A nucleic acid is a polymer made up of nucleotides.


Nucleotides are generally made of;

i. Nitrogen-containing base; a molecule which contains a nitrogen atom.

ii. Pentose sugar; meaning contains five carbon atoms in the sugar molecule.

iii. Phosphate Group; usually a phosphorus atom surrounded by a double bonded oxygen atom, single bonded to two oxygen negative ions and an oxygen atom.

A nucleotide.


Since the least complicated molecule is the phosphate group, it can easily be distinguished. However, for now, the distinguishing features for the nitrogen containing base will be the nitrogen atom and for the pentose sugar, the five carbon atoms. If the phosphate group is absent, the sugar-base combination is called a nucleoside.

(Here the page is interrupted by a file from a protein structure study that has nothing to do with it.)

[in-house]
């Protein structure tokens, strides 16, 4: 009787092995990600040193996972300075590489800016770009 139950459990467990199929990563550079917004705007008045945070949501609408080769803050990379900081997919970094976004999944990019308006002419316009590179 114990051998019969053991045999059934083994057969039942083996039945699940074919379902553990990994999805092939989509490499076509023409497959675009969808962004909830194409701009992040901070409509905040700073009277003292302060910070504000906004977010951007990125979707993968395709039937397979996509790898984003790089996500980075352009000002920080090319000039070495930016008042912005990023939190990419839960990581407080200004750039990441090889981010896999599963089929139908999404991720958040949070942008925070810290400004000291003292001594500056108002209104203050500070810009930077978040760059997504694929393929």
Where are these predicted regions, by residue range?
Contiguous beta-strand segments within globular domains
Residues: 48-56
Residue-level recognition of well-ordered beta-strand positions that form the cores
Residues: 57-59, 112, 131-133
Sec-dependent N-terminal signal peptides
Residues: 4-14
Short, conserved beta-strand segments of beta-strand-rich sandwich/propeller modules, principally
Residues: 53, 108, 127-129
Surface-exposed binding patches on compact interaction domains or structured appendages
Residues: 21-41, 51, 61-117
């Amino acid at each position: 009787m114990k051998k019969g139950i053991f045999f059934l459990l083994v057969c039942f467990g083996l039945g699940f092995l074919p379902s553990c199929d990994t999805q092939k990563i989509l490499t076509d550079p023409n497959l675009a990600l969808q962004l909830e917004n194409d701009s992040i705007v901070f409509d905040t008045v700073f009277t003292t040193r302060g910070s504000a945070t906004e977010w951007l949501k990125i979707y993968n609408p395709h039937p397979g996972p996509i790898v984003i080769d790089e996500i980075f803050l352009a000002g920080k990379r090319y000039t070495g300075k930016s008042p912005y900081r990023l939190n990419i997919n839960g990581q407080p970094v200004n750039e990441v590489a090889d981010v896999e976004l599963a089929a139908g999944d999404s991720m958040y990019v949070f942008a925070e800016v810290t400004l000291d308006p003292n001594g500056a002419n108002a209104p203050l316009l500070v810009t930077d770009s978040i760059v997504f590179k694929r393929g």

The most common two forms of nucleotides are Ribonucleic acid (RNA) and Deoxyribonucleic acid (DNA), the molecules responsible for coding the proteins in the cell. (A complex procedure discussed in Chapter 8). The difference between the two is that the pentose sugar in DNA has one oxygen atom less. Also, since these two are the prime nucleic acids we shall be focusing on, their polymer structure is generally helical.


Difference between the DNA and RNA Pentose sugar.


Another popular nucleotide is Adenosine Triphosphate (ATP) which is used as an energy currency in the cell. This will be clearer in later chapters.

Adenosine Triphosphate.

            That is all for this chapter. Next, we begin a new chapter by successively describing every organelle in the cell and their function depending on how their molecules interact, now that you know the basics.